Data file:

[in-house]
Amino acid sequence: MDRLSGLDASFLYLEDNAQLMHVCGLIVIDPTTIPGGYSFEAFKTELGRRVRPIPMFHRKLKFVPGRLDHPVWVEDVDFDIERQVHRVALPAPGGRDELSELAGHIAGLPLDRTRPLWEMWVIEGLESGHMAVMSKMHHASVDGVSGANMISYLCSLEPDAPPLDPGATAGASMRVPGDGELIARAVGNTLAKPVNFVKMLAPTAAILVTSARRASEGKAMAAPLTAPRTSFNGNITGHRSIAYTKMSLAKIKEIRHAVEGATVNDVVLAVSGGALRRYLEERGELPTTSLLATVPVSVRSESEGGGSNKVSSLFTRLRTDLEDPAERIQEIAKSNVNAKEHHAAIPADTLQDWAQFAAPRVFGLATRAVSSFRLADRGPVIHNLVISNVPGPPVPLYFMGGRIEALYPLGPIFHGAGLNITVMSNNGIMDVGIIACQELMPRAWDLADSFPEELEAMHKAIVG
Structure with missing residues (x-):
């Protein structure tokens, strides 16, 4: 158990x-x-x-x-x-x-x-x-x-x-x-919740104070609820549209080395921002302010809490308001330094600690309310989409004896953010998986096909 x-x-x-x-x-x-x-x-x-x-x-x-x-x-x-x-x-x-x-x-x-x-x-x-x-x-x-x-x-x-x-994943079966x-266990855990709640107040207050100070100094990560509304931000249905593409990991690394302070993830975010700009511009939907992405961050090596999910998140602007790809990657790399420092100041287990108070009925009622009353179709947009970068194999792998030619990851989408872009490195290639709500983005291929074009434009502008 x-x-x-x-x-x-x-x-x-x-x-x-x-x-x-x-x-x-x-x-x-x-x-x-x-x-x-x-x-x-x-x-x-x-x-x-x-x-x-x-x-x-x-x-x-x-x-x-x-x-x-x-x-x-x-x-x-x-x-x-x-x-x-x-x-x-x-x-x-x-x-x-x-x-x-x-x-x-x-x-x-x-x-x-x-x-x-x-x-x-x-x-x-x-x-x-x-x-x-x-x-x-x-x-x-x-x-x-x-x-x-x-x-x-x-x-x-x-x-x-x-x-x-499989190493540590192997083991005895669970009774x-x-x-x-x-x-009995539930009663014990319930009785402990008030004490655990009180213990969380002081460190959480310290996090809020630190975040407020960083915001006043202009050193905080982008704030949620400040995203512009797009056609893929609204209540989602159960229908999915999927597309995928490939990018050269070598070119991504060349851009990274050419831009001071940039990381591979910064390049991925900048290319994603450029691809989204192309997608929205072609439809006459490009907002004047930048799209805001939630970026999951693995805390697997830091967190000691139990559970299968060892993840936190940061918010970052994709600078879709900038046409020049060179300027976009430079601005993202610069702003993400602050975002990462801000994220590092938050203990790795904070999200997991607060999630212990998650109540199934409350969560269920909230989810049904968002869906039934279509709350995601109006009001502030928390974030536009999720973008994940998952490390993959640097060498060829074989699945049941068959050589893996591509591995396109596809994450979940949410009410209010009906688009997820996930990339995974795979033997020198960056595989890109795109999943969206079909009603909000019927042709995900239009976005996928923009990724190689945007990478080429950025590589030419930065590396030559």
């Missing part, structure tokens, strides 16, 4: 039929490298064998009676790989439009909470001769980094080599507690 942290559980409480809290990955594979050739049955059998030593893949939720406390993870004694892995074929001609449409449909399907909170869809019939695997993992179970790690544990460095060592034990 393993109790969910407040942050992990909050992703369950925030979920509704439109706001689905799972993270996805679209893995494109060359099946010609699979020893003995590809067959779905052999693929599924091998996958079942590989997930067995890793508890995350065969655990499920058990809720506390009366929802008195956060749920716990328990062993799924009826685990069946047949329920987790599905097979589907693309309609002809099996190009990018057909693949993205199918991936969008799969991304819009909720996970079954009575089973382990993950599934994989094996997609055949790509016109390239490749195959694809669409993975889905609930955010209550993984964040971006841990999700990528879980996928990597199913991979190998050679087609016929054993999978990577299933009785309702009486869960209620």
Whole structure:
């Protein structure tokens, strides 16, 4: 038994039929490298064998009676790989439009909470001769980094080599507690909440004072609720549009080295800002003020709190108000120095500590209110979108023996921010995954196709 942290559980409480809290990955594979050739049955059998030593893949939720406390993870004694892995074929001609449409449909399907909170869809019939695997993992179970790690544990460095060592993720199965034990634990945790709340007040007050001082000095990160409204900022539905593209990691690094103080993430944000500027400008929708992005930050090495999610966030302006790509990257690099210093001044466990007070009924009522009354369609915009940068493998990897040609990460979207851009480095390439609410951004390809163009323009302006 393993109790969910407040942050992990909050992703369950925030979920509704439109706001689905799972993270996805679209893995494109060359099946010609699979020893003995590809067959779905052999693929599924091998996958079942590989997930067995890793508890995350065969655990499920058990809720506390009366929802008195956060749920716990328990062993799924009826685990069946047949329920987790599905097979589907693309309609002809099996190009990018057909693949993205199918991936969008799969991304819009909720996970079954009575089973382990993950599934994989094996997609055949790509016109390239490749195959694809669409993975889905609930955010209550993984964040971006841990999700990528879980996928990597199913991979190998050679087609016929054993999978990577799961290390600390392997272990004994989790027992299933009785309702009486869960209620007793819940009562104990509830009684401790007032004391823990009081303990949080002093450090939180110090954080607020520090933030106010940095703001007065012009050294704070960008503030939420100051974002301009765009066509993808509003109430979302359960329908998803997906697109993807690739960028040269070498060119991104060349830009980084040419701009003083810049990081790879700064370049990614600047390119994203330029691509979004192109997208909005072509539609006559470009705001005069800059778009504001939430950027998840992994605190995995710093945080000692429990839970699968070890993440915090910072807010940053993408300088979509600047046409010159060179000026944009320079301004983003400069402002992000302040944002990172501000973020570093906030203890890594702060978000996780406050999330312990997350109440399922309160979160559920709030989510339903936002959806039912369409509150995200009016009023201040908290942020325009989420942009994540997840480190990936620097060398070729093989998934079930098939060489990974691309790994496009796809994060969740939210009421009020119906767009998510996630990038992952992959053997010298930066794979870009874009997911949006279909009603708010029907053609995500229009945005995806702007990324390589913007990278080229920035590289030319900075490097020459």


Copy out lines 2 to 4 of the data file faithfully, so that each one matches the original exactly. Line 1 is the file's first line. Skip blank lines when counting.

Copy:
Amino acid sequence: MDRLSGLDASFLYLEDNAQLMHVCGLIVIDPTTIPGGYSFEAFKTELGRRVRPIPMFHRKLKFVPGRLDHPVWVEDVDFDIERQVHRVALPAPGGRDELSELAGHIAGLPLDRTRPLWEMWVIEGLESGHMAVMSKMHHASVDGVSGANMISYLCSLEPDAPPLDPGATAGASMRVPGDGELIARAVGNTLAKPVNFVKMLAPTAAILVTSARRASEGKAMAAPLTAPRTSFNGNITGHRSIAYTKMSLAKIKEIRHAVEGATVNDVVLAVSGGALRRYLEERGELPTTSLLATVPVSVRSESEGGGSNKVSSLFTRLRTDLEDPAERIQEIAKSNVNAKEHHAAIPADTLQDWAQFAAPRVFGLATRAVSSFRLADRGPVIHNLVISNVPGPPVPLYFMGGRIEALYPLGPIFHGAGLNITVMSNNGIMDVGIIACQELMPRAWDLADSFPEELEAMHKAIVG
Structure with missing residues (x-):
């Protein structure tokens, strides 16, 4: 158990x-x-x-x-x-x-x-x-x-x-x-919740104070609820549209080395921002302010809490308001330094600690309310989409004896953010998986096909 x-x-x-x-x-x-x-x-x-x-x-x-x-x-x-x-x-x-x-x-x-x-x-x-x-x-x-x-x-x-x-994943079966x-266990855990709640107040207050100070100094990560509304931000249905593409990991690394302070993830975010700009511009939907992405961050090596999910998140602007790809990657790399420092100041287990108070009925009622009353179709947009970068194999792998030619990851989408872009490195290639709500983005291929074009434009502008 x-x-x-x-x-x-x-x-x-x-x-x-x-x-x-x-x-x-x-x-x-x-x-x-x-x-x-x-x-x-x-x-x-x-x-x-x-x-x-x-x-x-x-x-x-x-x-x-x-x-x-x-x-x-x-x-x-x-x-x-x-x-x-x-x-x-x-x-x-x-x-x-x-x-x-x-x-x-x-x-x-x-x-x-x-x-x-x-x-x-x-x-x-x-x-x-x-x-x-x-x-x-x-x-x-x-x-x-x-x-x-x-x-x-x-x-x-x-x-x-x-x-x-499989190493540590192997083991005895669970009774x-x-x-x-x-x-009995539930009663014990319930009785402990008030004490655990009180213990969380002081460190959480310290996090809020630190975040407020960083915001006043202009050193905080982008704030949620400040995203512009797009056609893929609204209540989602159960229908999915999927597309995928490939990018050269070598070119991504060349851009990274050419831009001071940039990381591979910064390049991925900048290319994603450029691809989204192309997608929205072609439809006459490009907002004047930048799209805001939630970026999951693995805390697997830091967190000691139990559970299968060892993840936190940061918010970052994709600078879709900038046409020049060179300027976009430079601005993202610069702003993400602050975002990462801000994220590092938050203990790795904070999200997991607060999630212990998650109540199934409350969560269920909230989810049904968002869906039934279509709350995601109006009001502030928390974030536009999720973008994940998952490390993959640097060498060829074989699945049941068959050589893996591509591995396109596809994450979940949410009410209010009906688009997820996930990339995974795979033997020198960056595989890109795109999943969206079909009603909000019927042709995900239009976005996928923009990724190689945007990478080429950025590589030419930065590396030559």